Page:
Dear YWG supporter,
We had only just circulated the November 2022 newsletter (http://www.fosaf.org.za/read-YWG-169.php.) when important news came in from Craig Hill regarding the illegal netting of yellows in Sterkfontein Dam’s two feeder streams which has escalated sharply in recent years. There is little chance that the provincial authorities or the police will be able to control this and if we want to ensure that Sterkies remains a premier yellowfishing venue it is up civil society to take responsibility. Craig has shouldered much of the cost and action recently and below is an article we received from him:
For near on 15 years the ongoing illegal netting of Yellowfish in the tributaries leading into the Sterkfontein Dam continues, and now not simply as a subsistence source of food but on a much larger scale, in fact far beyond what we ever imagined.
Well known as one of the most pristine sight fishing destinations in the world, and home to both Large and Smallmouth Yellowfish, Sterkies and its Yellowfish population are now under serious threat!
Spawning season is upon us with the first fish having come up in mid-November after the first rains and as the water began to warm. A week ago, we noticed suspicious activity on the river and started placing teams in place. Our days of early nights and lazy mornings officially over for the next five months as these crucial breeding sites now need to be managed and looked after.
I have personally been involved in trying to combat the ongoing netting within the tributaries of Sterkies for about the last three years with some success, I would like to believe. What we first believed to be small scale subsistence netting soon turned out to be large scale commercial poaching with hundreds of fish being taken daily.
In early 2022 we removed a total of over 100 nets, now here we are not talking gill nets as we know them, as these fish are so to say scooped out of the narrow river where they lie in pools in the wait to get an opportunity to swim upstream to spawn. A typical net is made of weld mesh and bird wire, crudely done as no real effort is required. Five or six guys could comfortably haul between 300 and 400 fish in an hour or so. These are then removed in grain bags and loaded into vehicles. One might now ask, “but what is the point”? Well folk, commercial gain is the point, and we are not talking small scale subsistence here. Evidence and information have proven that the fish, removed from just one tributary, have a street value of between R300 000 and R400 000 per month.
Efforts by the Department of Small Business Development, Tourism and Environmental Affairs (DESTEA) has seen zero impact in combatting this scourge and pretty much falls on deaf ears. Make no mistake, they do their best, but I honestly believe that their hands are tied due to some or other bureaucratic system which there is no way around.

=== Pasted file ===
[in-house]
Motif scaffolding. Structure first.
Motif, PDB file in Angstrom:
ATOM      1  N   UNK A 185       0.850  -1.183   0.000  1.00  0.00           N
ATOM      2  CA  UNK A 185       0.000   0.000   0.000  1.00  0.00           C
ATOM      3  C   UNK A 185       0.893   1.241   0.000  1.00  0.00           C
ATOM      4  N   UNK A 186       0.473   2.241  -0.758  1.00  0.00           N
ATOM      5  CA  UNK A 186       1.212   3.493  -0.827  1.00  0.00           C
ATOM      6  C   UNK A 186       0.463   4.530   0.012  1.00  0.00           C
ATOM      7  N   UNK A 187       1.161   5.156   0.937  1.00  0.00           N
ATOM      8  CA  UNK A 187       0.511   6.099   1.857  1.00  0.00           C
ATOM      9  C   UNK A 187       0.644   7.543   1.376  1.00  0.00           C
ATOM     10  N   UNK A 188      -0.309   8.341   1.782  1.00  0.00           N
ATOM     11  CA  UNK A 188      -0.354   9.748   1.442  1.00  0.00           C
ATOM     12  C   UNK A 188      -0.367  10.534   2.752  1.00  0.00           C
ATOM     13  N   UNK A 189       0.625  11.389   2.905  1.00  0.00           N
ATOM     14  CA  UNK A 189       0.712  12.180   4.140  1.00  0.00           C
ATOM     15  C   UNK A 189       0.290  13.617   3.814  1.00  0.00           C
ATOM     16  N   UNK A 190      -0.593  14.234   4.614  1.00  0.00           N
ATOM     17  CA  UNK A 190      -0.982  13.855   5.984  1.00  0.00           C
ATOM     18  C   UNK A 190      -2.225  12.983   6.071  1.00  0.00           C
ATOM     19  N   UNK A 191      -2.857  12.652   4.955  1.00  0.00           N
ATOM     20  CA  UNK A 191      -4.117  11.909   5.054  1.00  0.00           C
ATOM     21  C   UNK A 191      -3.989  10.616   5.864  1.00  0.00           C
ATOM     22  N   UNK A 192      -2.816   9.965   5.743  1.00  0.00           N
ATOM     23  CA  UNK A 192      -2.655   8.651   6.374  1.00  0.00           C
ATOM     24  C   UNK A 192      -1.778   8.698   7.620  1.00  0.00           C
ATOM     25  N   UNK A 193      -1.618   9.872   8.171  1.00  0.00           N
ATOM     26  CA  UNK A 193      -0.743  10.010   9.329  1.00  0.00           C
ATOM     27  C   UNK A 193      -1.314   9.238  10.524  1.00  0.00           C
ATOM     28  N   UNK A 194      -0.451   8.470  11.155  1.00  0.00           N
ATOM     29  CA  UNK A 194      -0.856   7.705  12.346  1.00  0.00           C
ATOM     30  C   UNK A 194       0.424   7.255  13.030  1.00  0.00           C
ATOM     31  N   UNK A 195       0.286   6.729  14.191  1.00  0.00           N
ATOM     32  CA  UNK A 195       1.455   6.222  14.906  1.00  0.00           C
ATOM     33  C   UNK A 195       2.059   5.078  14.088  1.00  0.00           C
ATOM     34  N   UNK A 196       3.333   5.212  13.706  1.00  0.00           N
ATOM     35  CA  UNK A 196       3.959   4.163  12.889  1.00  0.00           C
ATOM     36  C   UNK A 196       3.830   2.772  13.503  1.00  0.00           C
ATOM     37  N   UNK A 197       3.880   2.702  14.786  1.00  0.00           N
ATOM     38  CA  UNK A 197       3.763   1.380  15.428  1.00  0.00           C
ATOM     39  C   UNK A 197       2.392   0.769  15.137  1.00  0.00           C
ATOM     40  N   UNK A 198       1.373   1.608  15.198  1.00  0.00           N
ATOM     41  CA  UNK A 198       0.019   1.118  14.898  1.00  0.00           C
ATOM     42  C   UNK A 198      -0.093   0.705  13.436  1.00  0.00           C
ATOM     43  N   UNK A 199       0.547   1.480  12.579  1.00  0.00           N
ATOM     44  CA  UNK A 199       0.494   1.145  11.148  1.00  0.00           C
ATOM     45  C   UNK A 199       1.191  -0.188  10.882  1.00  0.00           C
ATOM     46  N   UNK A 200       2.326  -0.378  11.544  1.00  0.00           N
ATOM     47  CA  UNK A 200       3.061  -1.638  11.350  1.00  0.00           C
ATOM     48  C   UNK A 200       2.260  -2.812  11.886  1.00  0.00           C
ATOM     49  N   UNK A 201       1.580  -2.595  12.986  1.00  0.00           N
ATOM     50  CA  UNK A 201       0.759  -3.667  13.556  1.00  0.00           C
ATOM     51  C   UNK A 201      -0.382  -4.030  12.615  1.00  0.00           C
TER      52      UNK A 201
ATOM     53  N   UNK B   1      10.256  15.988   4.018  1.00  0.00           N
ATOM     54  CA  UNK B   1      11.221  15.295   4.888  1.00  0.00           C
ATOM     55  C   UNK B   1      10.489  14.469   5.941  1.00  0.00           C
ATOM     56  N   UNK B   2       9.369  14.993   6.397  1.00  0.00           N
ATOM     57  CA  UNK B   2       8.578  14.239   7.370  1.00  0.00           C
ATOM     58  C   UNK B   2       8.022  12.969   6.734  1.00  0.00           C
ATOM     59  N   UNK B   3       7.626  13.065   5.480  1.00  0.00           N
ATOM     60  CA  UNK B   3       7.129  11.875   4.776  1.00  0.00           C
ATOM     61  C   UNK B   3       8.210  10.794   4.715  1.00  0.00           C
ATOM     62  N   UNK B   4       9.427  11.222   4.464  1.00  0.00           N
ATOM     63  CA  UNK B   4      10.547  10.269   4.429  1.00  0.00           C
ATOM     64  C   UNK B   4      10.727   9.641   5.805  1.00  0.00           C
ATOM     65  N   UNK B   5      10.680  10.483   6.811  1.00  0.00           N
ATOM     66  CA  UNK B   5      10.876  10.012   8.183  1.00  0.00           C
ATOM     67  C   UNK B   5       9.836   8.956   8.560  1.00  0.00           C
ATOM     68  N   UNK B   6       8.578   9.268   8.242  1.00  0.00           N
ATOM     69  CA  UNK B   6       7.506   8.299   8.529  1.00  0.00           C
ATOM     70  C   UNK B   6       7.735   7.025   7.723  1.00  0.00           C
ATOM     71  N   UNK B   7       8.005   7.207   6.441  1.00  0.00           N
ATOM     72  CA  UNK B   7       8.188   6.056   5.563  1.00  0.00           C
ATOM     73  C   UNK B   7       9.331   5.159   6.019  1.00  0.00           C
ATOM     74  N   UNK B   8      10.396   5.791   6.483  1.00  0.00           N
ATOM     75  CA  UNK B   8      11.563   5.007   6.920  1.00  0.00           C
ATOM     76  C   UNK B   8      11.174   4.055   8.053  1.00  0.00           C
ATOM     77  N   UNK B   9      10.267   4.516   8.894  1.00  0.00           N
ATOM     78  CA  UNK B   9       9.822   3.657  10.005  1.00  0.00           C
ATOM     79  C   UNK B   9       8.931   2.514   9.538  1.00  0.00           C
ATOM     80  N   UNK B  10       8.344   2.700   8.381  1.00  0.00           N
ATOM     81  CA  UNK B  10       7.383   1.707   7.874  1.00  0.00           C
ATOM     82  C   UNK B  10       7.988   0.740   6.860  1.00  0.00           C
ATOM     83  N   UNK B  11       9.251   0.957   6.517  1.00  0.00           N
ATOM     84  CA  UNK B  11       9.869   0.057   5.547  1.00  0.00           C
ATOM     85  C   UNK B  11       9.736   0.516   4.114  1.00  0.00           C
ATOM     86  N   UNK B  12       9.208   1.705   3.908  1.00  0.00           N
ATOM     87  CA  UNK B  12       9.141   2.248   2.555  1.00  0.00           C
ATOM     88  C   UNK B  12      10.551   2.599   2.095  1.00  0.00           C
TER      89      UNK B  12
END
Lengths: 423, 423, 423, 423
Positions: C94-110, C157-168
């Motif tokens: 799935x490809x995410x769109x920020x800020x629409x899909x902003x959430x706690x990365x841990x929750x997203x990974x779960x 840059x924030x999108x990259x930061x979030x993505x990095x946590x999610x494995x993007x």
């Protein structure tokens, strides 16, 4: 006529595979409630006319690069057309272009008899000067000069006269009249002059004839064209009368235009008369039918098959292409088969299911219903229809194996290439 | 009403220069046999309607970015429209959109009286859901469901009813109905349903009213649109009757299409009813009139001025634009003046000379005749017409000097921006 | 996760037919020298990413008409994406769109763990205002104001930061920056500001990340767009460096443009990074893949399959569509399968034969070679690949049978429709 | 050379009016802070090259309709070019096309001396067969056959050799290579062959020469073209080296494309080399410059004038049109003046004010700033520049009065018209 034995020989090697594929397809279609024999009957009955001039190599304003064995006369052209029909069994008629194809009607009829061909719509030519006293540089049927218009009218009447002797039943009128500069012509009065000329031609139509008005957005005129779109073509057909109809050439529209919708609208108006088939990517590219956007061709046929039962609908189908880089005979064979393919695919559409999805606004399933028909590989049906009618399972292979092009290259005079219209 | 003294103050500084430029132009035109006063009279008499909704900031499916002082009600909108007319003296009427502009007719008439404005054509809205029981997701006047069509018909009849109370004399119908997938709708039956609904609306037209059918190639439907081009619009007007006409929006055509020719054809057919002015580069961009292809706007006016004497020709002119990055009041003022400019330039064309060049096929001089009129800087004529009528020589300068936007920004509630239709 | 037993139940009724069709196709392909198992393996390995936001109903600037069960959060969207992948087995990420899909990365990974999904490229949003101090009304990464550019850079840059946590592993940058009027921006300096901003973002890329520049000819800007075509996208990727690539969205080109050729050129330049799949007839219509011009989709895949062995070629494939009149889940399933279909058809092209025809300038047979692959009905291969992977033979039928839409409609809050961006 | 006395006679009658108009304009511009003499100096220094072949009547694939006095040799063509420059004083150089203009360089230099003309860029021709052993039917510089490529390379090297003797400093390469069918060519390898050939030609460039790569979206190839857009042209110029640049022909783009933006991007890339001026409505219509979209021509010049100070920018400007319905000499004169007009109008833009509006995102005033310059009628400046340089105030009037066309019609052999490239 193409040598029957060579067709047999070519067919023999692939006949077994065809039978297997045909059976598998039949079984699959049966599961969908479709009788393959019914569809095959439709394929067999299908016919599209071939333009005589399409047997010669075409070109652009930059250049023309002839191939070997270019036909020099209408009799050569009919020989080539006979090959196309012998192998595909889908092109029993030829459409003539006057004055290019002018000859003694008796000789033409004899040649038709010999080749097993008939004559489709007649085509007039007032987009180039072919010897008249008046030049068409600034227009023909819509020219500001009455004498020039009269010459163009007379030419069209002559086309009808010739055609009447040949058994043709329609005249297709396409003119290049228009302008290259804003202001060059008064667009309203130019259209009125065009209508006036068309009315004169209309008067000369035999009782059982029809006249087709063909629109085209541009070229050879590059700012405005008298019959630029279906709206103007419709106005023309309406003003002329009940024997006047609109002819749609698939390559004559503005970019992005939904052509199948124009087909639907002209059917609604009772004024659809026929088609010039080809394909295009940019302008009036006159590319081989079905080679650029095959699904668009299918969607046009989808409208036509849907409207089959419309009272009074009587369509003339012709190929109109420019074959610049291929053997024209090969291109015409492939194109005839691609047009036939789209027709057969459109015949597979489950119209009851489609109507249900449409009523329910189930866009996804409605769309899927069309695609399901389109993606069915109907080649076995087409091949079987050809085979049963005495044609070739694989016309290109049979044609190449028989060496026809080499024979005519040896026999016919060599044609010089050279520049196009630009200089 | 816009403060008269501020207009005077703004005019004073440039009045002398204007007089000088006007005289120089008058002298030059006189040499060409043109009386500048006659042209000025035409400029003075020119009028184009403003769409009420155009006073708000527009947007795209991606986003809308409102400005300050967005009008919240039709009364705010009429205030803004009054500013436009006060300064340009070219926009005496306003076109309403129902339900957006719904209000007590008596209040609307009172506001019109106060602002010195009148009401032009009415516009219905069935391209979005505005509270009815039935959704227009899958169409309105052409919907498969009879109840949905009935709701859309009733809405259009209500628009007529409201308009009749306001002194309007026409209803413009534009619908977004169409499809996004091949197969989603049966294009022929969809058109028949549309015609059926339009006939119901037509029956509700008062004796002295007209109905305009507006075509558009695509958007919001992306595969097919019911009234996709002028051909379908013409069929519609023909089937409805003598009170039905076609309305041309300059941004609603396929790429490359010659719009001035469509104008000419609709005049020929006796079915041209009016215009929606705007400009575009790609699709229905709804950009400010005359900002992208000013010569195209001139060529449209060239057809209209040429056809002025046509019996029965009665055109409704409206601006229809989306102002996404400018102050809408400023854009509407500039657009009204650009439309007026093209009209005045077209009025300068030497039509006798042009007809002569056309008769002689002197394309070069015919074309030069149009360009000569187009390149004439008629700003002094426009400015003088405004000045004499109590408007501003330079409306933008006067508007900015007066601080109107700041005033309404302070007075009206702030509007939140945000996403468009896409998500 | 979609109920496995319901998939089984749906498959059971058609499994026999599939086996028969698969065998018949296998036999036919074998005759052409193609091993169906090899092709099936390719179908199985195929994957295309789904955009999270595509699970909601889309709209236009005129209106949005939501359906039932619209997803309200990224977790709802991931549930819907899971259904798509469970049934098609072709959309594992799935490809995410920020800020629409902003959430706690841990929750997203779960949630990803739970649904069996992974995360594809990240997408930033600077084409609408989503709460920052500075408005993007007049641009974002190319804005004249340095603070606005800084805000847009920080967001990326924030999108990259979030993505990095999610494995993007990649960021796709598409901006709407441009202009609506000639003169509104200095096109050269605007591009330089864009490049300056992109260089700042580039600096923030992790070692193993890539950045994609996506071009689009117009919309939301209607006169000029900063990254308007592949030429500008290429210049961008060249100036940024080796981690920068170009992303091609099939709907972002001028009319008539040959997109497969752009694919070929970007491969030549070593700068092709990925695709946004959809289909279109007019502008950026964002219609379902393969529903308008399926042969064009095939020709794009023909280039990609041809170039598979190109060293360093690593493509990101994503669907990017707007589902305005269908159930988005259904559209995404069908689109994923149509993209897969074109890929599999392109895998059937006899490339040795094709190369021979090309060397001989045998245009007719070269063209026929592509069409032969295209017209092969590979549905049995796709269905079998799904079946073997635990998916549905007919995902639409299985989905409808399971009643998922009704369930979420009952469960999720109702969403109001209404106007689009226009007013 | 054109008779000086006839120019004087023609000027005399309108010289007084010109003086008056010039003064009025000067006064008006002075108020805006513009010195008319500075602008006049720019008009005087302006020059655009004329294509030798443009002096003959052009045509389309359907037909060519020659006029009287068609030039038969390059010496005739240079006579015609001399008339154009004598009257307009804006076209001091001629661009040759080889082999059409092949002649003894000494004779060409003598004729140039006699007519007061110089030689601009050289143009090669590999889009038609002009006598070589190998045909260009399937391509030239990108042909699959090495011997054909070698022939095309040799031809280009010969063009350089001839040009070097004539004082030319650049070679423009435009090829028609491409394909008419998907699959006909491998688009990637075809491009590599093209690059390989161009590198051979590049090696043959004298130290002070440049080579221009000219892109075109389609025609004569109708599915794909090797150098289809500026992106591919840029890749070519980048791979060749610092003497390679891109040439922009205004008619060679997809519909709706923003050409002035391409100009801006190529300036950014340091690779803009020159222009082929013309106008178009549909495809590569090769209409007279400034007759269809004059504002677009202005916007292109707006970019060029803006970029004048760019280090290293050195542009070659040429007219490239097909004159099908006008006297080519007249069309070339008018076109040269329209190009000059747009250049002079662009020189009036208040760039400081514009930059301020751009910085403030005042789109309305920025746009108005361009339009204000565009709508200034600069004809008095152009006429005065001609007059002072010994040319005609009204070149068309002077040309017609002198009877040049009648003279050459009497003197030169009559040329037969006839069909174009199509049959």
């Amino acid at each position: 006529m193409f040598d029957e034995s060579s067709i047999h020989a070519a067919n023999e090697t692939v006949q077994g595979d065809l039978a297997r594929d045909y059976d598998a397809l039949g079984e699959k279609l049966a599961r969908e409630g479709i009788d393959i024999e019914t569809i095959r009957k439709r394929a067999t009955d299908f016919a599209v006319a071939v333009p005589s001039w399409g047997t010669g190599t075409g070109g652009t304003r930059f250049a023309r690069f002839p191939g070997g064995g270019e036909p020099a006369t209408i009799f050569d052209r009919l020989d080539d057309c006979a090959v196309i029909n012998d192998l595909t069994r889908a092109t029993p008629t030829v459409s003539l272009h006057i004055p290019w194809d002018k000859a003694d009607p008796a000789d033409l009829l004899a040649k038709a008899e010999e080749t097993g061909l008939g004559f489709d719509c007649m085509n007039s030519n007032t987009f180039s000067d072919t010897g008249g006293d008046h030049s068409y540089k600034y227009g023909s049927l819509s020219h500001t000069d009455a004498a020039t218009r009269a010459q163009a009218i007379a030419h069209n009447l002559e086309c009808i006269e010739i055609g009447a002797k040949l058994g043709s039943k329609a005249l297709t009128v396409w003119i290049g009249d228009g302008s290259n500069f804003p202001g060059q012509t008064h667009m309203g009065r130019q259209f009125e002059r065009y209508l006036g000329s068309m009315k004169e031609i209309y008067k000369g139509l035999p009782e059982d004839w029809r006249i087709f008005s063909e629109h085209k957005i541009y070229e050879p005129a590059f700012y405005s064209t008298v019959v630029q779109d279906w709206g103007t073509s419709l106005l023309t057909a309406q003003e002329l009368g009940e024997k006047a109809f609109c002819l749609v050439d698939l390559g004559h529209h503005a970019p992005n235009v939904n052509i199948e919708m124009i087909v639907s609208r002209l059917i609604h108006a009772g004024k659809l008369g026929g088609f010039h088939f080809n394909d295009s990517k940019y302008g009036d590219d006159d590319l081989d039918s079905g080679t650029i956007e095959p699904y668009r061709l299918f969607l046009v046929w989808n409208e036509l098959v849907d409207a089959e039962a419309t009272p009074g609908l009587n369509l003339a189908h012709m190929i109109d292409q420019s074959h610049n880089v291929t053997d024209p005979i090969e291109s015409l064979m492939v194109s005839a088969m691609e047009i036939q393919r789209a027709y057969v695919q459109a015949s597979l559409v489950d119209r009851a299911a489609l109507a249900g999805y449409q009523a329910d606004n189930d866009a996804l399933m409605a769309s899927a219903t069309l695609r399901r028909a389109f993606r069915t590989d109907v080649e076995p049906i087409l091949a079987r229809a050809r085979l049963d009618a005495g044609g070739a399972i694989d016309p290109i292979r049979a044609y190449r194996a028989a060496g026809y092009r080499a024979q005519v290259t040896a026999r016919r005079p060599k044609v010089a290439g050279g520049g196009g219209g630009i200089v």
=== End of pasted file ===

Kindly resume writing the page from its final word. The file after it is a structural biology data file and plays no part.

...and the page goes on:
The private landowners around Sterkfontein have now resorted to placing guards along the river during the spawning season, which is relatively easy to manage as only two tributaries exist. It however comes with major risks as you can imagine.
The reality in everything like this though is always funding, as costs quickly mount. The placing of guards, equipment and fuel etc. quickly add up. Various options are currently being explored together with various role players to see where a difference can be made and to improve on our actual on the ground operations. We are only looking at intense management of the system during the spawning season when the fish are at their most vulnerable which equates to about six months of the year, depending on conditions. This said, it would still require the cleaning up of rivers and removing alien vegetation in the low season which we are certainly looking at implementing on a much a larger scale that what we are currently doing.
I can assure you that should something drastic not be done that our children and grandchildren will never experience what we a have been so fortunate enough to have experienced. Stories of slabs of “Sterkies Gold” will be exactly that, just stories!
We are urgently appealing to any interested parties for any contribution of any sort, whether this be monetary or otherwise to assist us in combatting this absolute devastation that is currently taking place.
We furthermore request that should you ever be fishing Sterkfontein, which I am sure many of you will be over the next season, that should you notice any suspicious activity that you please report this to
For donations: Contact Craig Hill, 082 882 7055 or on firstname.lastname@example.org